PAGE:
Whilst combat is nothing to write home about, strategy and empire management are something else entirely. Unlike games like Civilization, where expansion and warfare are heavily penalized and discouraged, Oriental Empires encourages both. It’s a satisfying change of pace. Technologies are handled through four different themed research trees. Unlike other games, the player is able to research a technology in each tree simultaneously, meaning that the player isn’t forced to ignore one tree for another, resulting in thoroughly immersion breaking situations where a civilization has impressive technology in tree, but remains in the Stone Age in another. Edicts are well fleshed out and add period flavour, with many edicts having both positive and negative consequences.
Cities have only a limited number of slots for buildings and as many buildings combine with others, careful planning is necessary to reach some of the more powerful units. Farms and road are built by the city and are tied directly to a player’s population level. Burn enough farms and the enemy’s cities might begin turning against them.
Unit variety, always a concern in a setting that, to Western eyes, might appear tediously homogenous, is handled well. There are a large variety of units differentiated not only by how they are equipped but how they are raised, each with their own advantages. A cash strapped state will find the cheapness and flexibility of levy troops appealing, whilst a rich state will find standing armies valuable for their professionalism and loyalty. These are supplemented by a glorious array of siege weapons ranging from the standard catapult to rocket(!) artillery.
The campaign isn’t flawless, with several curious bugs resulting in my entire profits being wiped out for no obvious reason, leading to many turns being wasted whilst I pulled my state out of debt. Despite this, the game was stable and the transition from the Civilization style god’s eye view of the map to a first person view is almost seamless, with only a few frames lost on my aging system. My one concern regarding campaign gameplay is the potential for the campaign to become homogenous, with every playthrough essentially the same series of building up your cities and empire the same way.
Like the battle AI, the campaign AI is problematic. Whilst at times cunning and resourceful and willing to see when it is beaten unlike so many other AIs, it suffers from the same issues that Oriental Empires’ competitors have gone some way toward solving, namely that of AI transparency. It is impossible to tell or understand what makes this AI tick. Did I build a city in the wrong place or declare war on the wrong person? I shall never know. All I know is that they seem to delight in declaring war on me. Upon meeting them for the first time, they are invariably hostile. To make matters worse, the UI doesn’t always make it clear that they’ve declared war on me in the first place. When I look at their armies, their ranks are usually filled with the bog standard levy spearmen, rather than the archers, halberdiers and artillery that I have available. Needless to say, the AI doesn’t make for exciting wars. Hopelessly outmatched by my elite infantry and often outnumbered, the AI can present little challenge. Whilst cunning and usually quite reasonable compared to the inflexibly homicidal AI of other games, I honestly wish Oriental Empires’ AI would, if not play better, at least play with a bit more variety.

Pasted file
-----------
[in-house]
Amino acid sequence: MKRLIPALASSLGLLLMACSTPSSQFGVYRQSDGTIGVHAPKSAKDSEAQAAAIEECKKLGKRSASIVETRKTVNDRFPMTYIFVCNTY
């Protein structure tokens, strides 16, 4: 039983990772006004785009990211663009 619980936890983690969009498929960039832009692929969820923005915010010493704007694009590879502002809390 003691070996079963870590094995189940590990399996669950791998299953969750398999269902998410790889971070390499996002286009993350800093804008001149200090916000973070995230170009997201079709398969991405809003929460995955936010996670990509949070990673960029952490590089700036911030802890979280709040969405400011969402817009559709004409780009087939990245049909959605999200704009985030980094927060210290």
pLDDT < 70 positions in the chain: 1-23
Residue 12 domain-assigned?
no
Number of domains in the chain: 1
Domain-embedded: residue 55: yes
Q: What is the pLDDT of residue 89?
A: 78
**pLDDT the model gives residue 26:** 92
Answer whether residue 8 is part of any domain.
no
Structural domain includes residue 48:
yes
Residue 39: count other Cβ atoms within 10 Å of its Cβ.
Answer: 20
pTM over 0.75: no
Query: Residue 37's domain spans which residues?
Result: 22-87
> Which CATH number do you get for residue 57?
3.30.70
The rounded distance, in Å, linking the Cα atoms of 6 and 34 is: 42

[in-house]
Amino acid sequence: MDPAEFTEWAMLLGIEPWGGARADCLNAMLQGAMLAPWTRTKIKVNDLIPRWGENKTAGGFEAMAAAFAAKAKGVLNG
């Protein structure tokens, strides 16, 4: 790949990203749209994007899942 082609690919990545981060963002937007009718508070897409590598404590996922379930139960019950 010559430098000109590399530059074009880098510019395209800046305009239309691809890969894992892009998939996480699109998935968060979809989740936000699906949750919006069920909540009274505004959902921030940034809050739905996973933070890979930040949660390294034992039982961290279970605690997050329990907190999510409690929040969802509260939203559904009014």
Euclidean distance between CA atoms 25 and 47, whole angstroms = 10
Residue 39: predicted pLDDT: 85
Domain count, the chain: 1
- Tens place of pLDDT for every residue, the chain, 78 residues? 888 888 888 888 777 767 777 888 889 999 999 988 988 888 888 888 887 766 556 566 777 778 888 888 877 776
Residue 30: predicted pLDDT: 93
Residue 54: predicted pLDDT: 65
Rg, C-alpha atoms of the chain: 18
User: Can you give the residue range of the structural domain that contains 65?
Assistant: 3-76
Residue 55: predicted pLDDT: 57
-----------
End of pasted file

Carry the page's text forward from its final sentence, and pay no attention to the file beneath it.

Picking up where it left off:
Ultimately, you really must make up your own mind about Oriental Empires. Despite taking it to task for many things, this reviewer has thoroughly enjoyed its history and its innovative mechanics. But if you are looking for a tactical wargame where you must out think their opponent, perhaps look elsewhere. The AI in this simply isn’t good enough to handle the expectations of a human commander. If you are looking for a grand strategy game, Oriental Empires is well worth your consideration. The innovations in Oriental Empires are a breath of fresh air in a genre whose big names seldom innovate in any meaningful fashion. For those looking for a change of pace, Oriental Empires, imperfect as it might be; is well worth your time.